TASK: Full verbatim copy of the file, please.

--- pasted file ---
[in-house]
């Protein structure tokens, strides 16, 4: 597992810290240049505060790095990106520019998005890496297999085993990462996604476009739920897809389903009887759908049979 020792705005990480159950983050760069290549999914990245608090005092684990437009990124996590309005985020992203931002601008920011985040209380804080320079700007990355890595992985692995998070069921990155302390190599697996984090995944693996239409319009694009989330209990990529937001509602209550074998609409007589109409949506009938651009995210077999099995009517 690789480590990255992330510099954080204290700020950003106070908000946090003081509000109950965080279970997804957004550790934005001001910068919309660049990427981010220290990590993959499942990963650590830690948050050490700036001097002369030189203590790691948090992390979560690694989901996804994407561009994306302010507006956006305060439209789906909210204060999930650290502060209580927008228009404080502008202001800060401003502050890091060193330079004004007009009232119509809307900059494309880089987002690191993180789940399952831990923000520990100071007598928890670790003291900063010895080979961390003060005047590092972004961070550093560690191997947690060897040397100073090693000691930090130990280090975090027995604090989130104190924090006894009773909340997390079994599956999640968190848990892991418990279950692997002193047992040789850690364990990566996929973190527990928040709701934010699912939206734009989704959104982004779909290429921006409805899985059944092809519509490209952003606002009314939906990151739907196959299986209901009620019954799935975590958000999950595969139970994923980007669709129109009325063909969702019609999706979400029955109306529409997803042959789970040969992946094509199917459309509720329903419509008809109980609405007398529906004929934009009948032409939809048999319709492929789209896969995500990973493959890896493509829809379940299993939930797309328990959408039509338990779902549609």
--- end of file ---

[in-house]
């Protein structure tokens, strides 16, 4: 597992810290240049505060790095990106520019998005890496297999085993990462996604476009739920897809389903009887759908049979 020792705005990480159950983050760069290549999914990245608090005092684990437009990124996590309005985020992203931002601008920011985040209380804080320079700007990355890595992985692995998070069921990155302390190599697996984090995944693996239409319009694009989330209990990529937001509602209550074998609409007589109409949506009938651009995210077999099995009517 690789480590990255992330510099954080204290700020950003106070908000946090003081509000109950965080279970997804957004550790934005001001910068919309660049990427981010220290990590993959499942990963650590830690948050050490700036001097002369030189203590790691948090992390979560690694989901996804994407561009994306302010507006956006305060439209789906909210204060999930650290502060209580927008228009404080502008202001800060401003502050890091060193330079004004007009009232119509809307900059494309880089987002690191993180789940399952831990923000520990100071007598928890670790003291900063010895080979961390003060005047590092972004961070550093560690191997947690060897040397100073090693000691930090130990280090975090027995604090989130104190924090006894009773909340997390079994599956999640968190848990892991418990279950692997002193047992040789850690364990990566996929973190527990928040709701934010699912939206734009989704959104982004779909290429921006409805899985059944092809519509490209952003606002009314939906990151739907196959299986209901009620019954799935975590958000999950595969139970994923980007669709129109009325063909969702019609999706979400029955109306529409997803042959789970040969992946094509199917459309509720329903419509008809109980609405007398529906004929934009009948032409939809048999319709492929789209896969995500990973493959890896493509829809379940299993939930797309328990959408039509338990779902549609």